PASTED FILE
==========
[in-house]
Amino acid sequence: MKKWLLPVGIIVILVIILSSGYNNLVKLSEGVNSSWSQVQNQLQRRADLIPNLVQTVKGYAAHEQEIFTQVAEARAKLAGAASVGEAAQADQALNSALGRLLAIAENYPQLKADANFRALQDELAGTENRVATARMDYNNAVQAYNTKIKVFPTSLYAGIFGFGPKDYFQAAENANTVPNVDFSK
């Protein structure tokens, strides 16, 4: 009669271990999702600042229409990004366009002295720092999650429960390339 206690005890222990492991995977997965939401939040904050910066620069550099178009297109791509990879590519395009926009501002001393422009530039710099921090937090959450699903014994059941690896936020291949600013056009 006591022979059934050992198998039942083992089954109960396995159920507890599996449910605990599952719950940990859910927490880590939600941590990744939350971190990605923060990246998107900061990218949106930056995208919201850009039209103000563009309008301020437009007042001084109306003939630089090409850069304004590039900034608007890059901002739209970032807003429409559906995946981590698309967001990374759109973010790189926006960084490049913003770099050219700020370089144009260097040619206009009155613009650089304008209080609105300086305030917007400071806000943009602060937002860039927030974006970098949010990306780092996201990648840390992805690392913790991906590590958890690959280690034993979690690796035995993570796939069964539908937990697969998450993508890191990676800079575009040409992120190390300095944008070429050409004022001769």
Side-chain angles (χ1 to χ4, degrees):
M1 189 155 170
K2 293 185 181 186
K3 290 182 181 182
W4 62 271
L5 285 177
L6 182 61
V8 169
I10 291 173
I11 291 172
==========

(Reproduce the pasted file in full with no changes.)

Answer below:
[in-house]
Amino acid sequence: MKKWLLPVGIIVILVIILSSGYNNLVKLSEGVNSSWSQVQNQLQRRADLIPNLVQTVKGYAAHEQEIFTQVAEARAKLAGAASVGEAAQADQALNSALGRLLAIAENYPQLKADANFRALQDELAGTENRVATARMDYNNAVQAYNTKIKVFPTSLYAGIFGFGPKDYFQAAENANTVPNVDFSK
């Protein structure tokens, strides 16, 4: 009669271990999702600042229409990004366009002295720092999650429960390339 206690005890222990492991995977997965939401939040904050910066620069550099178009297109791509990879590519395009926009501002001393422009530039710099921090937090959450699903014994059941690896936020291949600013056009 006591022979059934050992198998039942083992089954109960396995159920507890599996449910605990599952719950940990859910927490880590939600941590990744939350971190990605923060990246998107900061990218949106930056995208919201850009039209103000563009309008301020437009007042001084109306003939630089090409850069304004590039900034608007890059901002739209970032807003429409559906995946981590698309967001990374759109973010790189926006960084490049913003770099050219700020370089144009260097040619206009009155613009650089304008209080609105300086305030917007400071806000943009602060937002860039927030974006970098949010990306780092996201990648840390992805690392913790991906590590958890690959280690034993979690690796035995993570796939069964539908937990697969998450993508890191990676800079575009040409992120190390300095944008070429050409004022001769």
Side-chain angles (χ1 to χ4, degrees):
M1 189 155 170
K2 293 185 181 186
K3 290 182 181 182
W4 62 271
L5 285 177
L6 182 61
V8 169
I10 291 173
I11 291 172